My kids chose me this solar-powered hula girl ornament for a gift. As I come to terms with whether or not I like it, it has prompted some interesting life lessons. Besides knowing that she draws her energy from the sun when I look at her, she has been teaching me a lot about life. Here are ten life lessons I’ve got so far:
1. It’s never too early to start moving
I’ve been amazed at how little light a solar-powered mechanism needs. Up at the crack of dawn, the girl starts gently swaying her hips when I’m barely even awake and I love how, even when barely moving, she’s still up and starting something.
2. Pick your tempo to match the mood
I learned about tempo recently as a question to ask yourself when trying to read a room (for education purposes). Tempo is easier to adjust than mood. Slow and steady or hard and fast? Or both? On a grey day it can be a steady rock or when the sun is shining hard, let’s pick up the pace. The take away is that the tempo can be adjusted depending on the environment, the people around and how much energy we ourselves have in the tank. We can pick our own tempo.
3. Dance like nobody is watching
Albeit a cliché, the hula girl goes for it even when no-one is home. I love that. How much do we feel like we rely on affirmations from others? How much do we feel like we need an audience to perform? She’s got a job to do and she just does it regardless of what audiences might be out there. I like her attitude.
4. Find your energy
I have also noticed that she doesn’t dance as much on the lounge windowsill. I shifted her to the kitchen window to catch the morning light. Maybe she is teaching us that a change in environment could be the adjustment that we all need? Chasing the light… where do you perform best? At home, in an office, near houseplants, in a team? I like how she is most ‘productive’ when she finds her happy place in the sun. She has ignited the question, where can I get the most ‘sun’?
5. A little bit is still doing it
Out of direct sunshine, she just kind of gives an irregular wiggle. It’s kind of half arsed dancing, but she is still dancing. She is teaching us that it’s ok to have off days and we can’t be ‘fully on’ all the time. A little bit is still doing it. Great lesson.
6. Find your sunlight
So the hula girl is solar-powered, but how do we recharge? For me it is family, creative hobbies (drawing/writing) and hiking. How can you find more power to keep your life dancing? How can we take time out to recharge? Or, even better, how can we get charge while doing whatever it is that we have to do?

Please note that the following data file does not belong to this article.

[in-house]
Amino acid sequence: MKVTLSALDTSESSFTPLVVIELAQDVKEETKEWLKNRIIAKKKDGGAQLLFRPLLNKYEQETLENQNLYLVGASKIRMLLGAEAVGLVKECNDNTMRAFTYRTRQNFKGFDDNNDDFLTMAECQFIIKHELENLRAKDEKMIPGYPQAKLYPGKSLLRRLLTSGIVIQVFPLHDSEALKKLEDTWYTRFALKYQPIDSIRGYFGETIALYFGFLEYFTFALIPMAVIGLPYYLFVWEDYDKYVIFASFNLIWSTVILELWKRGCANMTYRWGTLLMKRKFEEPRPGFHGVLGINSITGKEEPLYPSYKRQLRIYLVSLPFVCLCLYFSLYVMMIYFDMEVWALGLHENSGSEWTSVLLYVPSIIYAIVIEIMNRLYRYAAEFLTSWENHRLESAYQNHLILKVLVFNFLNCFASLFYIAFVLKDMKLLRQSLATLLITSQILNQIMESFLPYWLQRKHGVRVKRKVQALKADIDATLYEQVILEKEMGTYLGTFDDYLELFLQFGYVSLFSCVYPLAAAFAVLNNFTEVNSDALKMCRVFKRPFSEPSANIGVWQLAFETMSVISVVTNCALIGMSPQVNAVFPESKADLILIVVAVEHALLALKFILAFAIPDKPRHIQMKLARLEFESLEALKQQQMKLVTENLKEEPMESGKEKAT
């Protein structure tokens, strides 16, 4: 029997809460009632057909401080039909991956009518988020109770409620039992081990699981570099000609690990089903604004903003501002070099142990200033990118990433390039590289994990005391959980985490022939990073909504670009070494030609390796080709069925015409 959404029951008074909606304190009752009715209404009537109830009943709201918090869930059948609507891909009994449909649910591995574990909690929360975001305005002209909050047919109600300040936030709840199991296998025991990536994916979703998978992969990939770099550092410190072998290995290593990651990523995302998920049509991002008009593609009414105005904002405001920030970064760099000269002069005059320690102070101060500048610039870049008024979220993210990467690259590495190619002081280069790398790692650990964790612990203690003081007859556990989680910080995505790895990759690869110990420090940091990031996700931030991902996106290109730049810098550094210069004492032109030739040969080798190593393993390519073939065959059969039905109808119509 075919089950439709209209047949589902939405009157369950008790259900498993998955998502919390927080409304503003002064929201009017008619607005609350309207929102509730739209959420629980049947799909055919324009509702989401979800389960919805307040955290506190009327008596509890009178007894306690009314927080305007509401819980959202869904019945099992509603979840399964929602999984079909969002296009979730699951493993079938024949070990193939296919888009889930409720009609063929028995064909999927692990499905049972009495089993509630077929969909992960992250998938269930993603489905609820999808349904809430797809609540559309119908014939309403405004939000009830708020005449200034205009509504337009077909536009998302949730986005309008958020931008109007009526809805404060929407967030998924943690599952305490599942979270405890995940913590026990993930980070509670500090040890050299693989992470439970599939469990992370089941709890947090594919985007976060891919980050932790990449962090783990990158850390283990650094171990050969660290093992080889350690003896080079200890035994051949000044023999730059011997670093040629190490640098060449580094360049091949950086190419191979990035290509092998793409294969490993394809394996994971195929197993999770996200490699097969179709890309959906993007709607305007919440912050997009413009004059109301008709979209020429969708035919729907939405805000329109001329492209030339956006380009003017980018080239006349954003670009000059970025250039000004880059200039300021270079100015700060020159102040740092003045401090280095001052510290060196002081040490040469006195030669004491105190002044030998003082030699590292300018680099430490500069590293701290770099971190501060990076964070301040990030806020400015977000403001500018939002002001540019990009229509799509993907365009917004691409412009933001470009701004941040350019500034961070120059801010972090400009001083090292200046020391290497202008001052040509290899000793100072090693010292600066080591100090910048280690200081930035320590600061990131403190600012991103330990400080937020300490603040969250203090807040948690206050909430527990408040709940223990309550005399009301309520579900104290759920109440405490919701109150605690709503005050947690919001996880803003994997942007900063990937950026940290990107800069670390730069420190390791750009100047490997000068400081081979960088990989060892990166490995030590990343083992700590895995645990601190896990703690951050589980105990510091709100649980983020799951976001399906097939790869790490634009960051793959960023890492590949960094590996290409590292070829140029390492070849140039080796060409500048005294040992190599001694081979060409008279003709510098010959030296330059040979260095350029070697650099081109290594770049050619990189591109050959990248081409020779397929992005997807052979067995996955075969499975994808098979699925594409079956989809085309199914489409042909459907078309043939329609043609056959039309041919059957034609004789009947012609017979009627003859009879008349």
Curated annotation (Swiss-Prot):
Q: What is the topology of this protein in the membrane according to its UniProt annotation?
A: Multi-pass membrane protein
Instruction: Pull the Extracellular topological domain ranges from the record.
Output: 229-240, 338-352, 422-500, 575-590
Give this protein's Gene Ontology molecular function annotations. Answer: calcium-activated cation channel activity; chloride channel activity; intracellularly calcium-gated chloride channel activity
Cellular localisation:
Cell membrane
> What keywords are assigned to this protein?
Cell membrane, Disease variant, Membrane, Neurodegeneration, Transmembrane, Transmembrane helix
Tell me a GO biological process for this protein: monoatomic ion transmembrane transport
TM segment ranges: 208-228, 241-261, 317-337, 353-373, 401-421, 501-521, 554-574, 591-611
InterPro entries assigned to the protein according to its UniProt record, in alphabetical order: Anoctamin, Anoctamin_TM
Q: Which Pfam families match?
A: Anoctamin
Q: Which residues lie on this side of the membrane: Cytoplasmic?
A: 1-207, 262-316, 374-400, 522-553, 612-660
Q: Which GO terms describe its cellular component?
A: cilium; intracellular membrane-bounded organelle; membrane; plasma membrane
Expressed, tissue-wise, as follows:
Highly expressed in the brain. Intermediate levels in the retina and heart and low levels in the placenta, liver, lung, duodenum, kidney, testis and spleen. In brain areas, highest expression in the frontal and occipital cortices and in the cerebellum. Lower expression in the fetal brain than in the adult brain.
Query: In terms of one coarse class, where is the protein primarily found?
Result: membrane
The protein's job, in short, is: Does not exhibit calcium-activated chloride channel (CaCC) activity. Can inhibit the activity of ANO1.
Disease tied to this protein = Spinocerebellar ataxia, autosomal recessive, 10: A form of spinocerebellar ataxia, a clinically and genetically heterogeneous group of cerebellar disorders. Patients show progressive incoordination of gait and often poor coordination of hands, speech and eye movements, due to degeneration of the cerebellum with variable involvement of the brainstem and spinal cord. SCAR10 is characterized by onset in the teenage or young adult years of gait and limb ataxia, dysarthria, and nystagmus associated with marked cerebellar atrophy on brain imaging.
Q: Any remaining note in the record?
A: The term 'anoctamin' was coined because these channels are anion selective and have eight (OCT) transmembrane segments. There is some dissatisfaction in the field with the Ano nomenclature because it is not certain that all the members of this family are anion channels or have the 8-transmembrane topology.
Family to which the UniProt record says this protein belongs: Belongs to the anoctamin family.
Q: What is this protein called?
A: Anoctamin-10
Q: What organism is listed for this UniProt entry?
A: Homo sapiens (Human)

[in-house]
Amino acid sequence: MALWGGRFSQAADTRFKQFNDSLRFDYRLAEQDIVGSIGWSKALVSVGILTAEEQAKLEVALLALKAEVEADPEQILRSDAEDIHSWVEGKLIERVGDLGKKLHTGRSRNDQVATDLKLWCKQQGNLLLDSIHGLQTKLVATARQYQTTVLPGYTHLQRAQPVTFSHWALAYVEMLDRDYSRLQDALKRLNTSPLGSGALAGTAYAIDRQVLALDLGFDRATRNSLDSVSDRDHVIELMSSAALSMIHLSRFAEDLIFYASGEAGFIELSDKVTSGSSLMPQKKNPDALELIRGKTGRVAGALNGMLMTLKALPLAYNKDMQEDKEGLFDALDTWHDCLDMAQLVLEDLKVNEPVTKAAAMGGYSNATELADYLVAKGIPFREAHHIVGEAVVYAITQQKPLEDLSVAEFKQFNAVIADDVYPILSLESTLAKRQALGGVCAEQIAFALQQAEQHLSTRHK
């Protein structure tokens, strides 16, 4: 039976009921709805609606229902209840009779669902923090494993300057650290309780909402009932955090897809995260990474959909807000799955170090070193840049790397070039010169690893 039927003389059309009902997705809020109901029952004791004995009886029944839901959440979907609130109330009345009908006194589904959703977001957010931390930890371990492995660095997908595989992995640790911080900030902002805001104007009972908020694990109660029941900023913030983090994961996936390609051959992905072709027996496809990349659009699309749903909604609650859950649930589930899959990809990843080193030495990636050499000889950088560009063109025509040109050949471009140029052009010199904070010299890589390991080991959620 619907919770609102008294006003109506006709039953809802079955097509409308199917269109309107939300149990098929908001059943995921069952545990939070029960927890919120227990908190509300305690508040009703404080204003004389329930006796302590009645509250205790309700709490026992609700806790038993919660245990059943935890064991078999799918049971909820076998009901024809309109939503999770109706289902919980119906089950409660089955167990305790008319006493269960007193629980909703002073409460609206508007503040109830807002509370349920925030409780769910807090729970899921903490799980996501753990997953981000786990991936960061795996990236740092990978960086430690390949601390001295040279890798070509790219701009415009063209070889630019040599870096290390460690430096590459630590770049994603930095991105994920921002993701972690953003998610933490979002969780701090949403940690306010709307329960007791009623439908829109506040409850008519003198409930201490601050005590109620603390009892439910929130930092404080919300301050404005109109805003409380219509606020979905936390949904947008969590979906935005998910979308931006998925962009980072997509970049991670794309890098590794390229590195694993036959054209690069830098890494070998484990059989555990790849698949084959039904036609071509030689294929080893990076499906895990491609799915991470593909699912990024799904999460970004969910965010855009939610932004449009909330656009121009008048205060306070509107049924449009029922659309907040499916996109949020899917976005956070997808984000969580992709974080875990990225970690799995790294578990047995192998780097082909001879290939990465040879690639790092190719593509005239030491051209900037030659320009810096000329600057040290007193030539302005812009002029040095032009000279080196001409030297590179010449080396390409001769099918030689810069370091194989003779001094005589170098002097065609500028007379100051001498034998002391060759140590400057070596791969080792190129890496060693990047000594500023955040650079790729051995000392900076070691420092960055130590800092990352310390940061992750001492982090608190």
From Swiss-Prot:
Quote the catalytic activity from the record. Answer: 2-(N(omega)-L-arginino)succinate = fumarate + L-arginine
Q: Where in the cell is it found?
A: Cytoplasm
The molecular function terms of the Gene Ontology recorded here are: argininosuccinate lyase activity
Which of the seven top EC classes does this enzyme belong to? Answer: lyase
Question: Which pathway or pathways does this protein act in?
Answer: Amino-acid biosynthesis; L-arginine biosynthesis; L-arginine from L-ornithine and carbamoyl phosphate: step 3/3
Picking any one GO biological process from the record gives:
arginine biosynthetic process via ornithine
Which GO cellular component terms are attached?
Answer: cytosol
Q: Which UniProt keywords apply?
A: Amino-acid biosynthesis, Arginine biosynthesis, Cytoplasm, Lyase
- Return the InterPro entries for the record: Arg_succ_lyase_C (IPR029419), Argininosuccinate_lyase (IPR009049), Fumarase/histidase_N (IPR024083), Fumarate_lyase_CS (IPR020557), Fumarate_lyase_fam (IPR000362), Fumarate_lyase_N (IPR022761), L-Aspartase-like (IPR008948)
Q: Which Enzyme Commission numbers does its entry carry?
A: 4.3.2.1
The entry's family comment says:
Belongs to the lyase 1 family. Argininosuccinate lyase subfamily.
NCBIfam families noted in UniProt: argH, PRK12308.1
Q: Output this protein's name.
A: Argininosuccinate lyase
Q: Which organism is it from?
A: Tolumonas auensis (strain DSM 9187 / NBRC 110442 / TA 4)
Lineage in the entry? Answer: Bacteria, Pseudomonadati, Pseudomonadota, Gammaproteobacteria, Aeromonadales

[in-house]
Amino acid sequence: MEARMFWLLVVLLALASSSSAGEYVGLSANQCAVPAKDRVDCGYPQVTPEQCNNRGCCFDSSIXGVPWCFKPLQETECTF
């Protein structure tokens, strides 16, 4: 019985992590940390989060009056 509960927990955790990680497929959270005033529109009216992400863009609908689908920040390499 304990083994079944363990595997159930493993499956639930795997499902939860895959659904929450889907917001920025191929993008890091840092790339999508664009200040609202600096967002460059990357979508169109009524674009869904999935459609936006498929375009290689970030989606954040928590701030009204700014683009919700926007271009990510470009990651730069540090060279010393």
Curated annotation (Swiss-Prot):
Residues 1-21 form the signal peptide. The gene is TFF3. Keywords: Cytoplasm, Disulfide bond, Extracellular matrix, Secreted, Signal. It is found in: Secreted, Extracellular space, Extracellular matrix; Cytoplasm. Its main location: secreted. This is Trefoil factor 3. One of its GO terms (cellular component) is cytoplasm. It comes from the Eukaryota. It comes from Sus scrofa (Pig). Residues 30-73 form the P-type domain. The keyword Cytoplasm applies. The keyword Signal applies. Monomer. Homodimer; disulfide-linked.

7. Dont wait for music to start dancing
This is an interesting lesson. She dances even when there is no music. Who says you need music to dance? Maybe we all rely on outside influences too much and we are all waiting for the ‘right song’ to come along as an excuse to be motivated to pursue that which we are good at or to try something new. Don’t wait. You don’t need music. She doesn’t.
8. A higher power isn’t everything
If you believe in higher powers and energy outside of yourself then that is wonderful. But there is also an internal mechanism that you can take responsibility for. The balance in this instance is the sun AND the solar mechanism in the base of the hula doll. The doll needs the sun but the sun also needs the mechanism to make her dance. Maybe we should figure out what our intrinsic motivations are before we rely fully on extrinsic motivators. That’s a big question to ask of ourselves.
9. Dancing first is better than dancing last
This doll doesn’t wait for other dolls to start dancing. She is first up, first dancing, and consequently first to inspire. If you have an idea, chase it. Your enthusiasm might inspire others to join you… and it is always better to be first with an idea than last and potentially resentful that someone else pursued it before you. Do it. Dance. Go for it.
10. Individual style never goes out of fashion
Be yourself. This is the tenth lesson that I’ve got from her so far. Sure, she comes from a mass-produced factory somewhere and I’m not even going to address the post-colonial cultural appropriation danger zones (I’ll leave these for another time). But what I like is that she is just herself. Just doing it. Not changing for anyone. Dancing as herself by herself.